Public opinion polls suggest that Canadians and Americans share basic attitudes toward inequality and opportunity, and toward the underlying drivers of upward mobility. If there is such a thing as the “Canadian Dream,” it would look very much like what Americans say is the “American Dream.”
The Pew Charitable Trusts conducted a number of public opinion polls asking Americans what meaning they attach to the phrase “The American Dream,” and these have been adapted and conducted in Canada with remarkably similar responses.
In these polls respondents were asked to indicate the degree to which they agreed with a series of possible definitions of the American Dream. Sixty percent of American respondents ranked “being able to succeed regardless of family background” eight or higher on a ten point scale, while 59 percent of Canadians did so. The percentage indicating that the statement “Your children being financially better off financially than you” represents the American Dream was 64 percent in the United States, and 57 percent in Canada.
These two options relate most directly to social mobility as measured by social scientists, and the country differences in responses to them are not statistically significant. In fact, this was the case for the ratings given to all but one of the other ten options presented to these representative samples, Americans ranking “Owning your own business” more highly.
Americans and Canadians also have similar views on the factors determining upward mobility, whether these deal with causes beyond an individual’s choice or responsibility—like race, gender, and luck—or to others under a person’s control. In both countries, factors associated with individual choice are viewed as the prime drivers of economic mobility.
Ninety-two percent of Americans and 88 percent of Canadians report that “hard work” was either essential or very important in determining upward mobility, and 89 percent in both countries felt this way about “having ambition.”
On the other hand, small minorities in both countries cited race, gender, or luck as being essential or very important, “luck” being the most cited with 21 percent of Americans and 22 percent of Canadians thinking of it in these terms. Indeed, the responses along a whole host of possible causes are very similar, if not identical.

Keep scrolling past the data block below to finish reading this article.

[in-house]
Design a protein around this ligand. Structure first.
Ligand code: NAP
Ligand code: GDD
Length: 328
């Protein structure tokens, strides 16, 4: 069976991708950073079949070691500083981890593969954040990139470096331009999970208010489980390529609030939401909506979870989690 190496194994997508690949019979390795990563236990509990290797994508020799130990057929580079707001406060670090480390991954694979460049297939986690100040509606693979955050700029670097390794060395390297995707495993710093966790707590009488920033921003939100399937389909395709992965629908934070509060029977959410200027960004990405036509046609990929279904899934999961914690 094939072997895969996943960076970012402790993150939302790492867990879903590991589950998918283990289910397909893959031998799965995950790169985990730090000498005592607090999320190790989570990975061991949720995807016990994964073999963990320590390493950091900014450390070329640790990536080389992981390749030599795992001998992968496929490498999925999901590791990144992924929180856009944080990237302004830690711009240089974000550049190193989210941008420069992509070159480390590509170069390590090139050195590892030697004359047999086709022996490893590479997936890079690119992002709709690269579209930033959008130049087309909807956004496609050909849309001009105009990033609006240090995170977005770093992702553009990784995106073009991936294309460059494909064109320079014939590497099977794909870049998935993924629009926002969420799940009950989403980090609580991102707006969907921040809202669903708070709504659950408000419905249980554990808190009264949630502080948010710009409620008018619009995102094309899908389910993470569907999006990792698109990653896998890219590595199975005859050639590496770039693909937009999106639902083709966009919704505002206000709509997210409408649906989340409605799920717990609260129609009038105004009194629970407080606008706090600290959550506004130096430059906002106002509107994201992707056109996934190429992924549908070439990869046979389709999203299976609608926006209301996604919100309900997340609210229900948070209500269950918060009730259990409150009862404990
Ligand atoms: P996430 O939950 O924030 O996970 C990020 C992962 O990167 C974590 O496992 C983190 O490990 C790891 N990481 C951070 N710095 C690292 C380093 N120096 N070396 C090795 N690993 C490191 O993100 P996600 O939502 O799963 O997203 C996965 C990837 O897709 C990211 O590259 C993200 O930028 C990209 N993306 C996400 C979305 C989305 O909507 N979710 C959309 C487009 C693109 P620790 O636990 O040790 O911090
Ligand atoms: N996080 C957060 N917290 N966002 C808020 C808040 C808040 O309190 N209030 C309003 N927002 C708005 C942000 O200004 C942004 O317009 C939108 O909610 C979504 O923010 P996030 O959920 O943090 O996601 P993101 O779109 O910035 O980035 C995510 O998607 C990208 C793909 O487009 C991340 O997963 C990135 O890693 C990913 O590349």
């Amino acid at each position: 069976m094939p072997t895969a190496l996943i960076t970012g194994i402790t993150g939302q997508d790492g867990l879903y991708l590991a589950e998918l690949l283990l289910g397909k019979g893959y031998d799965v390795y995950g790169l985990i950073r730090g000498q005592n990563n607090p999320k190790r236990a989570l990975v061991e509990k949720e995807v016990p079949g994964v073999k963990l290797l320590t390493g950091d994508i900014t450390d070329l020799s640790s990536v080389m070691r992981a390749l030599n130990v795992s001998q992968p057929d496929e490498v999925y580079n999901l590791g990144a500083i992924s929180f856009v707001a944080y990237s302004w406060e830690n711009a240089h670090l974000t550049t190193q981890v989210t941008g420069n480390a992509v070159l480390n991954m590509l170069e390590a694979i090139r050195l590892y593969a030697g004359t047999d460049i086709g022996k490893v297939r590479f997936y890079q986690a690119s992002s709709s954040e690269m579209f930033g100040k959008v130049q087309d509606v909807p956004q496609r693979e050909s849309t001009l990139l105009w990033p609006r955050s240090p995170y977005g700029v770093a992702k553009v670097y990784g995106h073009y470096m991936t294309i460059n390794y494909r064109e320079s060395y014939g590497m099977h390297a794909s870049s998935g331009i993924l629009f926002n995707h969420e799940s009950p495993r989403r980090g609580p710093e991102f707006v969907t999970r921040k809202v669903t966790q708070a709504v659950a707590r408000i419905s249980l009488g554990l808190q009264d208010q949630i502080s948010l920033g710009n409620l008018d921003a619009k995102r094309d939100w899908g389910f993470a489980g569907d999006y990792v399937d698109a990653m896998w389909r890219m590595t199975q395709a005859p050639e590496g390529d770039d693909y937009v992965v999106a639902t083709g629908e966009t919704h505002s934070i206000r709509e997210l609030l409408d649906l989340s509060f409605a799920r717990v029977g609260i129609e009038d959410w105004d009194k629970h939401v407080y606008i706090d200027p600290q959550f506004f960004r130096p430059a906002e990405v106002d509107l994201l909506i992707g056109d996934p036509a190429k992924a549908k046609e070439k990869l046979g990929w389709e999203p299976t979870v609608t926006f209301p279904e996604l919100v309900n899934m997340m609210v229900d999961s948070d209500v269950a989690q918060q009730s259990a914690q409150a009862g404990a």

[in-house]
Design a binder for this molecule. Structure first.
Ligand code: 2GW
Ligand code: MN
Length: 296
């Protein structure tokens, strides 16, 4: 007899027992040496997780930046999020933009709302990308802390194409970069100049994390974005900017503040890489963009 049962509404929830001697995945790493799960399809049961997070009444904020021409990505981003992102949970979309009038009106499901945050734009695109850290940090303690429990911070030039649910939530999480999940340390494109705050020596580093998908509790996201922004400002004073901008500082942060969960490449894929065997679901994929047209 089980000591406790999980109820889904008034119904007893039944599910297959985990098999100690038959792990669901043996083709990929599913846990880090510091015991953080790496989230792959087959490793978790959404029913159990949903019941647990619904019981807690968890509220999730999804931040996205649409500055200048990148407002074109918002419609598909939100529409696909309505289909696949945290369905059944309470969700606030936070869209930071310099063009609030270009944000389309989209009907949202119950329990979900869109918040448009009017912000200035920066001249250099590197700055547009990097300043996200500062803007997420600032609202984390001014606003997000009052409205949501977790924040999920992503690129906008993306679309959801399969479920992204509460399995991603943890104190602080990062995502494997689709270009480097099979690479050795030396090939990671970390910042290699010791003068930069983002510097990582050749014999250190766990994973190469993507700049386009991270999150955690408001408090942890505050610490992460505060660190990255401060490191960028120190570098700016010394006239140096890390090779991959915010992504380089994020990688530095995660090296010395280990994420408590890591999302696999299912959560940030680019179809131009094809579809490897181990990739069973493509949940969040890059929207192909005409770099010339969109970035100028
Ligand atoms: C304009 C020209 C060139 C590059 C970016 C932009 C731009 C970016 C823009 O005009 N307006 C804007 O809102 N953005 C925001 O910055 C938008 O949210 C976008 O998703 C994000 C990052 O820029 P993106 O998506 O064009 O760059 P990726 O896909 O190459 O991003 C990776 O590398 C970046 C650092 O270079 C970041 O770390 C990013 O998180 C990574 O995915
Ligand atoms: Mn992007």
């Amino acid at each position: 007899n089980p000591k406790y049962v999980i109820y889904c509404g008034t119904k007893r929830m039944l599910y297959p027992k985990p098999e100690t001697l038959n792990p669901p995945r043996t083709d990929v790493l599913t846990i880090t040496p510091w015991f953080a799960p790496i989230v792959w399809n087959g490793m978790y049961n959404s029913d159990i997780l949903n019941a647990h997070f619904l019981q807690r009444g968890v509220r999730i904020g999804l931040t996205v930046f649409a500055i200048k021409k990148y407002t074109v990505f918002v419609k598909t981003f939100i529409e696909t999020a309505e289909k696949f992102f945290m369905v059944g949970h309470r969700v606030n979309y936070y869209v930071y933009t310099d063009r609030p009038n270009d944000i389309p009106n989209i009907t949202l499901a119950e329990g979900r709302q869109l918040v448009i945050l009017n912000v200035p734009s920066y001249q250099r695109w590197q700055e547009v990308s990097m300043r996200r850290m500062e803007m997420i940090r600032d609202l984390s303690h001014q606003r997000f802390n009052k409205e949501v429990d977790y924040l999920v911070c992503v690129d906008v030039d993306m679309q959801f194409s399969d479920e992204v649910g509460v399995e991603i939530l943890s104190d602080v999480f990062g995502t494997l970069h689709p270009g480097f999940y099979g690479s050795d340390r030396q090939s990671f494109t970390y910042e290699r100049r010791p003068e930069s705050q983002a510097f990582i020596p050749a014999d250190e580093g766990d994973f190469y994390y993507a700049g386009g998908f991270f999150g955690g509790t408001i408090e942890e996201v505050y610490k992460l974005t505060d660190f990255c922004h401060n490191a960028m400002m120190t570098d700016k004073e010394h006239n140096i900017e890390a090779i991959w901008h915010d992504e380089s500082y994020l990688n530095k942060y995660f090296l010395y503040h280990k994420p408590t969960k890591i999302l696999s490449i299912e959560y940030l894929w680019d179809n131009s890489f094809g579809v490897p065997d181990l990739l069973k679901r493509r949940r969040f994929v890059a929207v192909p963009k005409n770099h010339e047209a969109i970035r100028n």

But if Americans and Canadians hold a similar meaning of the good life, and similar views on how to obtain it, they have significantly different views on the role of collective action through public policy.
Other surveys show that while 35 percent of Americans “strongly agree” or “agree” with the statement “Government’s responsibility is to reduce the gap between high and low incomes,” a significantly larger proportion (47 percent) of Canadians have this view. This said, attitudes in these two countries are much more similar than in European countries, where the majority and often the strong majority feel redistribution is an important government responsibility.
The Pew-based research also suggests that Americans and Canadians share a preference for equality of opportunities over equality of outcomes: 71 percent of Americans and 68 percent of Canadians feel it was more important “to ensure everyone has a fair chance of improving their economic standing” than “to reduce inequality.” But the biggest difference in attitudes between citizens of these countries is that Canadians are much more likely to offer a more “activist” role for their governments.
When asked if government does more to help or more to hurt people trying to move up the economic ladder, respondents in both countries lacked strong proclivities. However, 46 percent of Canadians feel that government does more to help than to hurt, compared to 36 percent of Americans. … The difference in the responses to this question was among the largest of all questions asked. [ Corak (2010), page 17. ]
Cross-country differences in social mobility may be the result of a whole host of factors associated with public policies, and also with labor market inequality, and the structure and strength of families, but they also may simply reflect different social choices reflecting different values among the electorate. Since Canadians and Americans seem to define and value mobility in the same way, comparing them may help place a sharper focus on things that can be changed.
In other words, a Canada-US comparison might open up a wider menu of choices in American public debate than if the comparison was just over time within the country, or for that matter to European countries, which can be more easily dismissed as not relevant to American values.
[ This post is based upon my co-authored research paper with Marie Connolly and Catherine Haeck released by the National Bureau of Economic Research on April 15th, 2019 called “Intergenerational Mobility Between and Within Canada and the United States.” The paper is forthcoming in the Journal of Labor Economics, and the working paper version can be downloaded the from the NBER website, or downloaded as the ungated version here. ]
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